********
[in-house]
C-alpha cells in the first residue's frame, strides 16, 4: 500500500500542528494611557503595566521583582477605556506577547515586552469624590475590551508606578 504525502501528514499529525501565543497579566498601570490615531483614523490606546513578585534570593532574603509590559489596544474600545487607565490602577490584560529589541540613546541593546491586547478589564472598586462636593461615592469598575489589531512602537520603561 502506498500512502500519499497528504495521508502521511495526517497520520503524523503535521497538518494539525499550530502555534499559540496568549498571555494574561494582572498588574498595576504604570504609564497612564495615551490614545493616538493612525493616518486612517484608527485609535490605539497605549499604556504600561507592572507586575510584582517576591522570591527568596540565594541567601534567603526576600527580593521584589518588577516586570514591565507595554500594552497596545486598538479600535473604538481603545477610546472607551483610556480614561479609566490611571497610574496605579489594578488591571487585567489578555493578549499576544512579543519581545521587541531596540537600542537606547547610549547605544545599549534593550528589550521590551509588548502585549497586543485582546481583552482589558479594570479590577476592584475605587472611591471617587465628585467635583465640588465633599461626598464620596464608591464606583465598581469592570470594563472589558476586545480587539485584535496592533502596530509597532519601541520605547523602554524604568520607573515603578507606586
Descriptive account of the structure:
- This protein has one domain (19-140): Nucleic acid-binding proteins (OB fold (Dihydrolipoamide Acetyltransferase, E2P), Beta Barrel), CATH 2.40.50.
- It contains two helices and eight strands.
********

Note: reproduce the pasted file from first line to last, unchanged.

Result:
[in-house]
C-alpha cells in the first residue's frame, strides 16, 4: 500500500500542528494611557503595566521583582477605556506577547515586552469624590475590551508606578 504525502501528514499529525501565543497579566498601570490615531483614523490606546513578585534570593532574603509590559489596544474600545487607565490602577490584560529589541540613546541593546491586547478589564472598586462636593461615592469598575489589531512602537520603561 502506498500512502500519499497528504495521508502521511495526517497520520503524523503535521497538518494539525499550530502555534499559540496568549498571555494574561494582572498588574498595576504604570504609564497612564495615551490614545493616538493612525493616518486612517484608527485609535490605539497605549499604556504600561507592572507586575510584582517576591522570591527568596540565594541567601534567603526576600527580593521584589518588577516586570514591565507595554500594552497596545486598538479600535473604538481603545477610546472607551483610556480614561479609566490611571497610574496605579489594578488591571487585567489578555493578549499576544512579543519581545521587541531596540537600542537606547547610549547605544545599549534593550528589550521590551509588548502585549497586543485582546481583552482589558479594570479590577476592584475605587472611591471617587465628585467635583465640588465633599461626598464620596464608591464606583465598581469592570470594563472589558476586545480587539485584535496592533502596530509597532519601541520605547523602554524604568520607573515603578507606586
Descriptive account of the structure:
- This protein has one domain (19-140): Nucleic acid-binding proteins (OB fold (Dihydrolipoamide Acetyltransferase, E2P), Beta Barrel), CATH 2.40.50.
- It contains two helices and eight strands.